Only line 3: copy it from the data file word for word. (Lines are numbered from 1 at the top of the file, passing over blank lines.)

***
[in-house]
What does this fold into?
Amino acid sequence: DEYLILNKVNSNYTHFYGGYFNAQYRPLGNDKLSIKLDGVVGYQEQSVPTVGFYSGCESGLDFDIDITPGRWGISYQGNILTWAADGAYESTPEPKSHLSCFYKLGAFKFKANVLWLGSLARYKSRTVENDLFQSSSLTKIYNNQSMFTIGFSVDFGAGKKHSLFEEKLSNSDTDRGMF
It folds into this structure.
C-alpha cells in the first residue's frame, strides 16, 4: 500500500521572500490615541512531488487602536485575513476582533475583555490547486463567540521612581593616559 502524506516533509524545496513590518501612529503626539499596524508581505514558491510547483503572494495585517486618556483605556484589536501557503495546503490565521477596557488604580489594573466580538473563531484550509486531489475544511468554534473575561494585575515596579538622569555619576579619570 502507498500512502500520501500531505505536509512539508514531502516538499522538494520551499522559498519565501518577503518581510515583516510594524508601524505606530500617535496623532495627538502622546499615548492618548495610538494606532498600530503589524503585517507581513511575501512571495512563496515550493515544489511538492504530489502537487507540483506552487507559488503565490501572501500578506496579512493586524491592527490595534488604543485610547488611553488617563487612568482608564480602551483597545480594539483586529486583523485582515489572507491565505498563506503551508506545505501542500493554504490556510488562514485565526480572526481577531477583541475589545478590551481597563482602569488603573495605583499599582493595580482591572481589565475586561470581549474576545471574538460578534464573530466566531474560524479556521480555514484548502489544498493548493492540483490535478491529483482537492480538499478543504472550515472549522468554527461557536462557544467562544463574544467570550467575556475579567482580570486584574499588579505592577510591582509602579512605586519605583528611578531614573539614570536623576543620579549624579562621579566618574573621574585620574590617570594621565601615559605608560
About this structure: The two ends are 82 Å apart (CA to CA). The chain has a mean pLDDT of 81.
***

Amino acid sequence: DEYLILNKVNSNYTHFYGGYFNAQYRPLGNDKLSIKLDGVVGYQEQSVPTVGFYSGCESGLDFDIDITPGRWGISYQGNILTWAADGAYESTPEPKSHLSCFYKLGAFKFKANVLWLGSLARYKSRTVENDLFQSSSLTKIYNNQSMFTIGFSVDFGAGKKHSLFEEKLSNSDTDRGMF